- Scarcity - private companies are harder to access than public companies, so when a private company raises money, "fierce competition ensues for these scarce slots" in the best companies.
- Momentum - the strategy of paying high valuations in private rounds has paid off, which attracts more capital to the system, and creates momentum for the strategy to continue.
- Fear of Missing Out (FOMO) - VCs want to be associated with winning companies. While the ultimate metric to judge a fund is the long-term return, in the shorter term, VCs can claim success by investing in companies that are perceived as "winners."
- Gains - a critical question is how much of the returns from these healthy valuations are paper returns and how much are from true realizations. Solomon does not answer this question.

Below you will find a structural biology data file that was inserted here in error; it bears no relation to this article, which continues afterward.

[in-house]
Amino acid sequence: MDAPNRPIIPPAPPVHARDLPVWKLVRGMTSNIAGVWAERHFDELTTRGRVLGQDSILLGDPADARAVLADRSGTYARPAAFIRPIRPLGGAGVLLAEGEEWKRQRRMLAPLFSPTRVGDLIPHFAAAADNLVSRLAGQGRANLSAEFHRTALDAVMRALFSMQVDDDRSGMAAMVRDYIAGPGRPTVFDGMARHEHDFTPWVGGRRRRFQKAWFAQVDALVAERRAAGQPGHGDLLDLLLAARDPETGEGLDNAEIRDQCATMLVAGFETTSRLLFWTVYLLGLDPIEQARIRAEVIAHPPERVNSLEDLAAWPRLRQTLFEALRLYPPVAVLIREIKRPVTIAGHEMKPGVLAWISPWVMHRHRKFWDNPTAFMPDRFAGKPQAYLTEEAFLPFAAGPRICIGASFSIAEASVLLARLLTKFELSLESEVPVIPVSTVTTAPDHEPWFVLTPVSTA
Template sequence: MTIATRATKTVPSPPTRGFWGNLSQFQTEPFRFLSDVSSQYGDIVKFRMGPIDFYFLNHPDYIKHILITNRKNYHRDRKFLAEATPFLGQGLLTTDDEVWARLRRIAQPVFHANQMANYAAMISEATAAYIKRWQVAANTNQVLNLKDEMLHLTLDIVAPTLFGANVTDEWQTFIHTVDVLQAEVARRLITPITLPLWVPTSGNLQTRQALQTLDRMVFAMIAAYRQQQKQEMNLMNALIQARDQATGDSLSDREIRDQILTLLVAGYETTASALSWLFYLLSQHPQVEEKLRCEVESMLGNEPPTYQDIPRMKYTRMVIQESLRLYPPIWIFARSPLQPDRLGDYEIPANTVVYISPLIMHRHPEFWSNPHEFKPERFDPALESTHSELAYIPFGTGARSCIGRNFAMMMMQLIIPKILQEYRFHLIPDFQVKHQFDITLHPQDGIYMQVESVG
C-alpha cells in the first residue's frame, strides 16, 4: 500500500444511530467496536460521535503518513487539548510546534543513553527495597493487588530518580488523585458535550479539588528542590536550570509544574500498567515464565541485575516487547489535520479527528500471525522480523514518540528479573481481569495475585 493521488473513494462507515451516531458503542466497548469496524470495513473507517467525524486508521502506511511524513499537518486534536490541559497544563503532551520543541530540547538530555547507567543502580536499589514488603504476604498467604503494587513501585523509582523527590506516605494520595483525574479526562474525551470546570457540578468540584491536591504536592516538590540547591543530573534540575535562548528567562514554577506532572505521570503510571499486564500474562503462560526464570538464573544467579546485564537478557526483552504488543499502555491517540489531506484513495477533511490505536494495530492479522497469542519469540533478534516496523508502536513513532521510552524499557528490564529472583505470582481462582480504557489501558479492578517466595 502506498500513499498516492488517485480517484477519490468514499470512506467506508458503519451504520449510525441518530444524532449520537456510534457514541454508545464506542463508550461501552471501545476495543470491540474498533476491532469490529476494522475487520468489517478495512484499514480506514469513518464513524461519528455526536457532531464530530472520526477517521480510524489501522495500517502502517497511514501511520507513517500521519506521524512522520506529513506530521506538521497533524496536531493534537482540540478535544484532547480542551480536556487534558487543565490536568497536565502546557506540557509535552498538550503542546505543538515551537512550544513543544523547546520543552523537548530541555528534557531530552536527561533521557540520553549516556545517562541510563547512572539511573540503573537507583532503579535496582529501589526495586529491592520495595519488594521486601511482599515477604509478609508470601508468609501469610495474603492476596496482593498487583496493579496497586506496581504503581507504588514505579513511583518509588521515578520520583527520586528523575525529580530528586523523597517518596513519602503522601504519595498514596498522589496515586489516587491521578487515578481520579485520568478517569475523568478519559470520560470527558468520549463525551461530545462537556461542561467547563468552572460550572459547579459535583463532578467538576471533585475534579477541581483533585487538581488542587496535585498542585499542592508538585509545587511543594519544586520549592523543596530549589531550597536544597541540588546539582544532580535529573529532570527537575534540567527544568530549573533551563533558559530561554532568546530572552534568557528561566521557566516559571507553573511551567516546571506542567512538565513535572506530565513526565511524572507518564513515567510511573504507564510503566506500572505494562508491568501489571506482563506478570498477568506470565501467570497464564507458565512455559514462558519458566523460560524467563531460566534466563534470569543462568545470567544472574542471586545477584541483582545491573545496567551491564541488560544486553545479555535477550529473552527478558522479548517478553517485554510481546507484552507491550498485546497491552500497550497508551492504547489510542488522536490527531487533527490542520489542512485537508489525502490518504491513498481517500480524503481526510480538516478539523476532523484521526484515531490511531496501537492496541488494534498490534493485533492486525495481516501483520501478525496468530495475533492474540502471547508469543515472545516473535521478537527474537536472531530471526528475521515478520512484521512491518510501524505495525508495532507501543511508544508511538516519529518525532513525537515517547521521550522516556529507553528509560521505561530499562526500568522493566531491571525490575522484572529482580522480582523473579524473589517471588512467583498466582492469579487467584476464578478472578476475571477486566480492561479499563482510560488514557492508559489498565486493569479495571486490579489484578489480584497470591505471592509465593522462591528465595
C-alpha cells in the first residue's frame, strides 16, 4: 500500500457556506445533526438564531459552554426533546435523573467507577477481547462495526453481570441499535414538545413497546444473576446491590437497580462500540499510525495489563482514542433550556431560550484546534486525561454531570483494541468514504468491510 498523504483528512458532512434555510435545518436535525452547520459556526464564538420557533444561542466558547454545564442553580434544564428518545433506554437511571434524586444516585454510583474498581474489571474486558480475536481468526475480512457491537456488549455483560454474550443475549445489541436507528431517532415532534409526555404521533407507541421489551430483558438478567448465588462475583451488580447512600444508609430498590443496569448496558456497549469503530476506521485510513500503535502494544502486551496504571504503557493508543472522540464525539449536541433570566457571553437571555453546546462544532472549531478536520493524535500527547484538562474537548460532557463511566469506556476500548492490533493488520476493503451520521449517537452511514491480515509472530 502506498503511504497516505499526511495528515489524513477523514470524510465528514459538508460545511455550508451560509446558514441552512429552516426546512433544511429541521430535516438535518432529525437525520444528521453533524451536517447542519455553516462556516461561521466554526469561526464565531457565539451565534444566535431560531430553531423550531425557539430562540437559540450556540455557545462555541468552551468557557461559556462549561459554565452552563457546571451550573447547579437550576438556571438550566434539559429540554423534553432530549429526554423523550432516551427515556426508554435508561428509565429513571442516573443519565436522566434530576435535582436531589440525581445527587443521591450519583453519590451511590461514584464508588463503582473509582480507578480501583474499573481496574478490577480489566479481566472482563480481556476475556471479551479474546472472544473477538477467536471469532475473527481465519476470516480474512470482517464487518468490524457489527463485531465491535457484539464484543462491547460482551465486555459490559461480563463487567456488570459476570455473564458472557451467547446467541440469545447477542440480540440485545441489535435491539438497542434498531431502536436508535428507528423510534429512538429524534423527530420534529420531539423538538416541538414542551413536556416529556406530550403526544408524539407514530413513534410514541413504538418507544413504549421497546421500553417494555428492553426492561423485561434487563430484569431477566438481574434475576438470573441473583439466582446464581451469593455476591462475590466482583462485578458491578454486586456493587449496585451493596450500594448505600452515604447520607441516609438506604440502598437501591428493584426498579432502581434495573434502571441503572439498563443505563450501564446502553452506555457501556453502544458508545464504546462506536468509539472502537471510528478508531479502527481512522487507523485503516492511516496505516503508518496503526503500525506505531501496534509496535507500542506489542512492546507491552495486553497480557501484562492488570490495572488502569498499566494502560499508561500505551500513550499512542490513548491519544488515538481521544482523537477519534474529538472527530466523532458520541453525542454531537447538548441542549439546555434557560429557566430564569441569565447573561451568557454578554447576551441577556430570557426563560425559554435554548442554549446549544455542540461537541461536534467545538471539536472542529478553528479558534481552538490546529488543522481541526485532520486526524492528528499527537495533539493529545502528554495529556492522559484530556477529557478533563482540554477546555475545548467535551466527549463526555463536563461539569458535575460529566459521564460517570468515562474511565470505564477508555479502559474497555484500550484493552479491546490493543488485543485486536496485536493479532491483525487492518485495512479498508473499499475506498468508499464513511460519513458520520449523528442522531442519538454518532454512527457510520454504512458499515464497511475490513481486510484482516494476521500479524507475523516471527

I generally agree with the points raised in this article, but would add a few more:
- Public valuations. The Nasdaq 100 Technology Index (NDXT) is up over 17% in the past year. The stock price for Box, Inc., the cloud-based file sharing company, is up nearly 50% from its IPO price. Frothy public valuations also add to the private, late-stage valuation frenzy.
- Results and the Halo effect. Many of these later-stage private companies are posting remarkable results, such as hyper-revenue growth. It is these stars that lead the pack in valuation, and other later-stage companies benefit from the halo effect.